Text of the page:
Recent clinical evidence shows that acute, severe exacerbations of asthma are associated with recruitment and activation of neutrophils in the airways. There is also experimental evidence from rodents that T-lymphocytes are involved in the recruitment of neutrophils following allergen challenge in sensitised airways. This review addresses the potential role of neutrophils and the cytokine interleukin-17 (IL-17) in severe asthma. IL-17 is produced and released as a free protein from T-lymphocytes of the memory (CD45RO+) subset. Evidence from rats in vivo suggests that IL-17 can recruit and activate neutrophils in the airways; the recruitment is mediated by the rat correlate to the neutrophil chemoattractant interleukin-8 (IL-8) macrophage inflammatory protein-2 (MIP-2). Endogenous peptidases modulate neutrophil recruitment by acting on NK-1 receptors in rat airways in vivo. Human bronchial epithelial cells in vitro respond to stimulation with IL-17 by increasing the production and release of the human neutrophil chemoattractant IL-8. This release of IL-8 is functionally significant; it causes neutrophil chemotaxis in vitro. Furthermore, this IL-8 release is sensitive to a glucocorticoid and is potentiated by the pro-inflammatory cytokine, tumour necrosis factor-alpha (TNF-alpha) in vitro. In addition, IL-17 stimulates human bronchial epithelial cells in vitro to release the neutrophil-activating factor IL-6. This effect of IL-17 on IL-6, and IL-8 is in part mediated via mitogen-activated protein kinases. In conclusion, as indicated in rat airways in vivo and in human bronchial epithelial cells in vitro, IL-17 may constitute a link between the activation of certain T-lymphocytes and mobilisation of neutrophils in the airways, via induced release of C-X-C chemokines and tachykinins. Further studies are required to answer the question whether free, soluble IL-17 protein plays this role in the airways of patients with severe asthma.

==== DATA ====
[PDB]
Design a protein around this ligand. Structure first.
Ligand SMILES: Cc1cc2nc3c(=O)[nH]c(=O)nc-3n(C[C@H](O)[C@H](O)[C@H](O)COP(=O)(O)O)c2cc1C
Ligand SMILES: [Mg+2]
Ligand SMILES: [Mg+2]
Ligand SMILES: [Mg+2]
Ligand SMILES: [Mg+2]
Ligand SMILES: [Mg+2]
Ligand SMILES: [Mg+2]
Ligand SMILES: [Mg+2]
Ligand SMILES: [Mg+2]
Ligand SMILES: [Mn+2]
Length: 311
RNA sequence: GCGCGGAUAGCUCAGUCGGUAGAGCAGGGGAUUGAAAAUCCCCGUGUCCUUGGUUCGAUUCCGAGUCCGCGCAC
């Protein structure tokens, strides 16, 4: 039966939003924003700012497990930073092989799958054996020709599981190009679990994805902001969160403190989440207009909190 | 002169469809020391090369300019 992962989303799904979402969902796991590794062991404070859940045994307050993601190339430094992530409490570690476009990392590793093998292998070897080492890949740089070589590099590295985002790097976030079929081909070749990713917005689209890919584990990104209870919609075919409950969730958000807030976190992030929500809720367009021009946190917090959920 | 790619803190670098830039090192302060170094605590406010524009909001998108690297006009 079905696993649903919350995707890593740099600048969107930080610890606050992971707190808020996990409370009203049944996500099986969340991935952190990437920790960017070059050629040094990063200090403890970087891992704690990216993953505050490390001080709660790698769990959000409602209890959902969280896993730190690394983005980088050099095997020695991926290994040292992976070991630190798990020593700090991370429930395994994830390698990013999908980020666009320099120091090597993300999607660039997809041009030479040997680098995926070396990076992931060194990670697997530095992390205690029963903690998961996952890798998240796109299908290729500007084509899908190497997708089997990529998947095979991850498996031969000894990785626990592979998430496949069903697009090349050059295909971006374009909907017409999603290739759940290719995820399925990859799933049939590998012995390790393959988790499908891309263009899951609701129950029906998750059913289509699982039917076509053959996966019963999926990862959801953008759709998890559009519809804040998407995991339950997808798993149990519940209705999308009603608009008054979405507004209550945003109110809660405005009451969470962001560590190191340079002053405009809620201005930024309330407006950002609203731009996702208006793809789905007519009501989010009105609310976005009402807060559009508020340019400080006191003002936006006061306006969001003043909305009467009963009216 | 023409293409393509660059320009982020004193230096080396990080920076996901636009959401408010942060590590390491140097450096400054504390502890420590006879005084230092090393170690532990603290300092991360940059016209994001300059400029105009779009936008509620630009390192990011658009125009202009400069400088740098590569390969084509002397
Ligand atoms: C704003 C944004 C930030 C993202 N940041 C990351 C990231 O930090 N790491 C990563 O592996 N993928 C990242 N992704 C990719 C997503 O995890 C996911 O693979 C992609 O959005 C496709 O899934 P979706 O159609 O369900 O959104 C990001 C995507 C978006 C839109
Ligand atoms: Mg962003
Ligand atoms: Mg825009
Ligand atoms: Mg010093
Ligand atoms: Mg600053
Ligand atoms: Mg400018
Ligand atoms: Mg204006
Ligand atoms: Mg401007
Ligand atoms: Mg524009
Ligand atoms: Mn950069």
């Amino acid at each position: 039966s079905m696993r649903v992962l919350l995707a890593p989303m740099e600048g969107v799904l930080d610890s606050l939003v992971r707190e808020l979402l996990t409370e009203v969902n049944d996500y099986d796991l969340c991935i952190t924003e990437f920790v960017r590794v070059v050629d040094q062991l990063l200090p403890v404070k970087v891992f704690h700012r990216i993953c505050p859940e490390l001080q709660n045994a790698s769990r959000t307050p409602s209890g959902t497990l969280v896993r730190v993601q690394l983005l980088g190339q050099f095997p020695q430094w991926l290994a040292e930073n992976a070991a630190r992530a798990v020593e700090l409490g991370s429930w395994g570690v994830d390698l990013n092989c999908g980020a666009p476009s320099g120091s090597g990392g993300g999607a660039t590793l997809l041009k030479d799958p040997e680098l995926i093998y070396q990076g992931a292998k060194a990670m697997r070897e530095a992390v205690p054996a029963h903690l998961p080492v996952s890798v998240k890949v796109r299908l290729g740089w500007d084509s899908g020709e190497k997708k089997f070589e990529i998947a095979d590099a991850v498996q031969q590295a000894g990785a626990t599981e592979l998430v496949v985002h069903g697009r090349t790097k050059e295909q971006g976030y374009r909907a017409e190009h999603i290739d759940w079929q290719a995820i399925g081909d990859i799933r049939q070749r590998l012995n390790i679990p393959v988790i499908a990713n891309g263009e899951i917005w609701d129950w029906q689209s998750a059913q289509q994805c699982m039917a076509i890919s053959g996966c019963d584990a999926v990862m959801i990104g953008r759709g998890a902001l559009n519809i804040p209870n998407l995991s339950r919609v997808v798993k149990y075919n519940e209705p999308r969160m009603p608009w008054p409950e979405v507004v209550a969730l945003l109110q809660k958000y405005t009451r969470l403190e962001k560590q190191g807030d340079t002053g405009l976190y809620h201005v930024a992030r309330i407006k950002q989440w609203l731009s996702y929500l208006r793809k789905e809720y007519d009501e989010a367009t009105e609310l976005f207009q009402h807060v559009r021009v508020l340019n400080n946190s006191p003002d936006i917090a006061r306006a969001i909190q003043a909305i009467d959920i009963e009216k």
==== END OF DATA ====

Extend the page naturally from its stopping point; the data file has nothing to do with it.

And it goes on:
Copyright 2001 S. Karger AG, Basel